I have had the opportunity to participate in the BlogHer book review campaign and had the pleasure of reading "The Rules of Inheritance" by Claire Bidwell Smith. I read it cover to cover in one afternoon and am pleased to share my thoughts with you all!
The Rules of Inheritance is an honest portrayal of a girl finding her way, and her self, through grief. Bidwell Smith uses Elizabeth Kubler-Ross' five stages of grief to section out her memoir and organize her life events and thoughts according to the grieving process. Through denial, anger, bargaining, and acceptance, Claire tells the story of a girl struggling to define herself by the loss of her mother. The chapters provide a cross-section of Claire's life and sense of self, opening rabbit-holes for the reader to gaze into. At first, this seems to chop up the narrative, bringing the reader to peer across decades of Claire's life as if through a keyhole. However, as the book progresses, there is a masterful deliberateness in Bidwell Smith's vignettes that showcase both a life of chaos and rebellion, and a childlike yearning for a mother gone. It reminds us that life, like grief, is not linear or static.
This memoir is one of the most honest accounts of a daughter's grief, at times even uncomfortable in it's bluntness. Claire expresses a revulsion for her mother's dry, gray, cracked and dying body - yet also a desire to be able to relieve her suffering. Claire at once wants to rub Vaseline on her mother's cracked lips and to run away from the sight of this dying monster. The juxtaposition of her avoidance to witness the death of her mother and her almost compulsion to witness the death of her father, maps years of growth from child to woman. In caring so carefully for her father in his final months, Claire also finally allowed herself to process the loss of her mother. Bidwell Smith's treatment of these memories is poignant, and heartbreakingly beautiful.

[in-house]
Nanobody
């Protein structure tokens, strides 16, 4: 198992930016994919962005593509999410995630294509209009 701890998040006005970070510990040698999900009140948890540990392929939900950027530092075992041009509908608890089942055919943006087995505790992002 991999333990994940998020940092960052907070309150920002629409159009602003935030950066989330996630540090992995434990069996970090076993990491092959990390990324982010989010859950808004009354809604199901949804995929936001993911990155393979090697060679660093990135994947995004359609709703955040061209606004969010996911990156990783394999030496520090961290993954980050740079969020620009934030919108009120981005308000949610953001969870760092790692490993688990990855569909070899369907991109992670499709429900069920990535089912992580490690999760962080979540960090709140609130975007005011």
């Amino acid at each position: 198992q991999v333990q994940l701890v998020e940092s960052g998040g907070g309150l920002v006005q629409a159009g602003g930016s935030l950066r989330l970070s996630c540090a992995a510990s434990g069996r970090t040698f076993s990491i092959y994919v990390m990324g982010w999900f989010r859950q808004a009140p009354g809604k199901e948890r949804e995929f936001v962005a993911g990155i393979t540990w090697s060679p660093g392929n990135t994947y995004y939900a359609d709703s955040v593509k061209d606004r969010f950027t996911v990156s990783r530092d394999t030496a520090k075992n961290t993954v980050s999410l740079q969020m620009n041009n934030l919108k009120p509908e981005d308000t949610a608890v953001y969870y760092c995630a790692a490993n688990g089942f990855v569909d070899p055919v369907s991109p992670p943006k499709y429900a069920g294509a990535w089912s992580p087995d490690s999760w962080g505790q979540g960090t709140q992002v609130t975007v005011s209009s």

Claire Bidwell Smith peppers what could be a very dark and heavy memoir with lighter moments, funny anecdotes from fumbling relationships or silly mistakes that everyone experiences on their paths through life. These serve to shift the focus from death to life, to the impossibility of finding yourself when you are most lost. One night stands, failed relationships, self-loathing, anger and fear come crashing together in Claire's life just as her father is dying. It is in that death that she truly finds herself, that she stops trying desperately to define herself as different, and find sameness through bereavement.
Bidwell Smith uses the fifth and final stage of grief - acceptance - as a turning point in Claire's search for herself. In the loss of her father Claire finds a life for herself, and a way to reconcile the child, woman, mother, and orphan inside of her. This book is a beautiful portrayal of a lost girl who found womanhood by sitting with her grief. Bidwell Smith writes with a fluidity, almost conversationally, in complete thoughts and observations, yet so astoundingly real and from the heart that the reader feels like a witness to her rebirth. A must read for anyone interested in turning the inner workings of the mind inside out, and finding broken perfection within.
**This is a paid review for BlogHer Book Club, however the thoughts and opinions expressed within are my own**